Chris Warren of Off Grid Ham asks When Things Go Wrong, What Type of Ham Are You?
It’s all fun & games until the electrons stop flowing.
Operating amateur radio is a load of fun. Operating amateur radio off grid is extra fun, but adds a layer of technical complexity to your station. Have you ever thought of what you would do if your off grid system itself went off line? Do you have the skills, spare parts, and tools to correct the problem and get the electrons flowing again? Troubleshooting solar power system may or may not be hard depending on what type of ham you are.
What kind of ham are you? Troubleshooting solar power
There are basically three kinds of off grid hams. “Type 1” hams do not get very involved with the technical aspect of the hobby. Maybe they just want to run contests. Perhaps they got into ham radio only because their kids are doing it, or to be part of a community service group. Type 1 hams don’t see amateur radio as a stand-alone hobby, but rather, as a tool, a means to achieve some other goal. They have some basic tech skills but want everything to be as plug-and-play as possible.
“Type 2” hams see radio as an end in itself. They love to tinker and experiment and would enjoy radio even if it had no ancillary practical purpose. Type 2’s enjoy messing around with radio/electronics and have a high skill level but don’t necessarily do a lot of on-air operating. They will pursue all kinds of projects, many of which never work and might seem a little crazy. They have a great time anyway. Troubleshooting solar power
“Type 3” hams are a combination of the first two. I place myself in this category. I love DIY and home brew projects and that’s what attracted me to ham radio back in the day. Yet, I see that ham radio has real-world applications. Type 3’s have figured out the magic combination of skills and utility. Troubleshooting solar power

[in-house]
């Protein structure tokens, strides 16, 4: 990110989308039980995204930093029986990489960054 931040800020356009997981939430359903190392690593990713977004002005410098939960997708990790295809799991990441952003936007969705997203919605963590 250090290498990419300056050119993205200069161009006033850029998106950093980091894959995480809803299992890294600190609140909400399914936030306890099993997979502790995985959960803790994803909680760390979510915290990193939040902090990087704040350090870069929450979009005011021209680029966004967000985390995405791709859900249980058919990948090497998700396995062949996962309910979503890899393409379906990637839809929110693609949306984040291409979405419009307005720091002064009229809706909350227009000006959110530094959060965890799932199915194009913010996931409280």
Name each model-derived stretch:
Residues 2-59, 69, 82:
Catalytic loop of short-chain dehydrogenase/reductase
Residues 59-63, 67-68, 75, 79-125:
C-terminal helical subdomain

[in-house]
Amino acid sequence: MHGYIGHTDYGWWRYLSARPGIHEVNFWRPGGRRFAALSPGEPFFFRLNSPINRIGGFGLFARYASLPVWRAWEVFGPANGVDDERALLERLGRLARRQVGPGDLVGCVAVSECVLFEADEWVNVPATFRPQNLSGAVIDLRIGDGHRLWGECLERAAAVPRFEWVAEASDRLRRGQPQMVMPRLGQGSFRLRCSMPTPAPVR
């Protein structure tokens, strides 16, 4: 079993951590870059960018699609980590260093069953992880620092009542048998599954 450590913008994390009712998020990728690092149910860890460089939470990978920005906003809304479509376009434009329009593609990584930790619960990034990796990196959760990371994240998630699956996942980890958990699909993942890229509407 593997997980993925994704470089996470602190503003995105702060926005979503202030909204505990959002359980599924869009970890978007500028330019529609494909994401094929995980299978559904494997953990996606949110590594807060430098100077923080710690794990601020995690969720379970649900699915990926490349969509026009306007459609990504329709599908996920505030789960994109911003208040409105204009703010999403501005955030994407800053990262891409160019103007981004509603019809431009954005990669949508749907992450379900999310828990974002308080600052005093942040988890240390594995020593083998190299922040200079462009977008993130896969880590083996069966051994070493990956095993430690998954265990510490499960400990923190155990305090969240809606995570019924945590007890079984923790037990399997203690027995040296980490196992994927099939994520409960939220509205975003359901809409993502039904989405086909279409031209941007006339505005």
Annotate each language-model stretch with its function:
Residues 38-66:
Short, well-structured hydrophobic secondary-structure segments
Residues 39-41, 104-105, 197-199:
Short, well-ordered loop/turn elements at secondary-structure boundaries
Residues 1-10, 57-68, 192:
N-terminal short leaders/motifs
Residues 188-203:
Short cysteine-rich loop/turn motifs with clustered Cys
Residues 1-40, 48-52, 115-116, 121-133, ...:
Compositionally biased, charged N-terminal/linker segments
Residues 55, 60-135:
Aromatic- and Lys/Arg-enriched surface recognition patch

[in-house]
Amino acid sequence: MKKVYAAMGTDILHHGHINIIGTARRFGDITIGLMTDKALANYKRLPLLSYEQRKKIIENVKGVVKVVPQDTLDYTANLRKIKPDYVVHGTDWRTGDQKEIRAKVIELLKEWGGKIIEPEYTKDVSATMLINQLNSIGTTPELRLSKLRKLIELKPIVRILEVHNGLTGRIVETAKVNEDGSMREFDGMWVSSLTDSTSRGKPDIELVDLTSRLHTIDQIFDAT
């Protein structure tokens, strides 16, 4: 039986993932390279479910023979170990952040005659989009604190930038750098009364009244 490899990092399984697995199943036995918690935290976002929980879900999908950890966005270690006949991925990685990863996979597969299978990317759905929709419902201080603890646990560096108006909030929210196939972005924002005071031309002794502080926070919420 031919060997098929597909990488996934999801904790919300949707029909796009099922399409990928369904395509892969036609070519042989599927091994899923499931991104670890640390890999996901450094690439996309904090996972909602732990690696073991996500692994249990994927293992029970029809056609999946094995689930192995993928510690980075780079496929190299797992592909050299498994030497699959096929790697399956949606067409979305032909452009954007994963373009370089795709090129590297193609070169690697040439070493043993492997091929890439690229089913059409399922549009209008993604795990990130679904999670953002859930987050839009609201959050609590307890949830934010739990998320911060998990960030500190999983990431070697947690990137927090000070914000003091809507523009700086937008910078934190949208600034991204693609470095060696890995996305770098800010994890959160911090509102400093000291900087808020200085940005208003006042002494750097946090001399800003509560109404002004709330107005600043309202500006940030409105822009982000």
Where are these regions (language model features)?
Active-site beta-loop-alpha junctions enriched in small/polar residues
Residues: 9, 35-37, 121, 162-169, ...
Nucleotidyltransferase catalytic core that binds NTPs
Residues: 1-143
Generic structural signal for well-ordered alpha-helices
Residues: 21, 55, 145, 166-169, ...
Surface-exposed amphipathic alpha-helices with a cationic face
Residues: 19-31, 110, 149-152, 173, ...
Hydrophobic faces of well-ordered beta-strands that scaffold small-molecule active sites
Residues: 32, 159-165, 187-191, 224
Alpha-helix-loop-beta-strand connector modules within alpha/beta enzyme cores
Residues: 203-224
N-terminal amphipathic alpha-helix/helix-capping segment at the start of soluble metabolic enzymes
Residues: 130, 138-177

Why this matters. Troubleshooting solar power
The type of ham you are will determine what happens when your off grid system goes down.
For Type 1’s it’s straightforward. Unless it’s a blown fuse or similar simple fix, they either call a pro or replace the entire suspect device.
Type 2’s know their off grid systems forward and backward because they probably built the system themselves. They can resolve even complex problems and have a large personal inventory of spare parts. Many Type 2’s will use the opportunity to reconfigure and make major changes and may spend a lot of time dabbling with different ideas beyond the initial problem.
Type 3’s, like type 2’s, can handle nearly any malfunction themselves because they have extensive technical knowledge of their off grid systems. They also have an inventory of spare parts, but only as it relates to their needs. They do not keep a lot of extra unrelated supplies around just for the heck of it like Type 2’s do. Type 3’s are practical and goal-oriented. They will quickly correct the immediate problem and save the tinkering and experimenting for another time. Troubleshooting solar power
Attention to detail.
Hopefully you occasionally take time to verify everything is in order. This means checking cables and connections, topping off electrolyte levels and density in flooded batteries, looking for damage with outdoor components, etc. By the way, when is the last time you cleaned your solar panels? Troubleshooting solar power
If you’re a Type 1 you’re probably not doing any of this. You probably don’t keep any spare parts around either. If you don’t plan on fixing anything yourself then at least plan for the time and resources for someone else to do it for you. Type 1’s are seldom preppers/survivalists (and if they are, they’re delusional) so being independent in SHTF situations is not a priority to them. I’m not trashing on Type 1’s. We all gotta do our own thing, right? It’s all good. I just want them to understand that they will have very limited options when things go wrong.
Types 2 and 3 are best set up to go it alone if needed. Still, there are always areas of improvement. For example, do you have printed technical data and manuals for your equipment? Are your tools neatly arranged and easily accessed, or are you the kind of person who spends thirty minutes tearing through a heap of junk to find a screwdriver? Do you proactively maintain your system, or do you only react when something goes wrong?
It happened to me. Troubleshooting solar power
A few weeks ago I noticed that my home solar was producing hardly any watts during strong sunlight. Still, the batteries were fully charged at sundown. I didn’t think much of it until the next morning morning when the batteries were much more deeply discharged than they should be… (continues)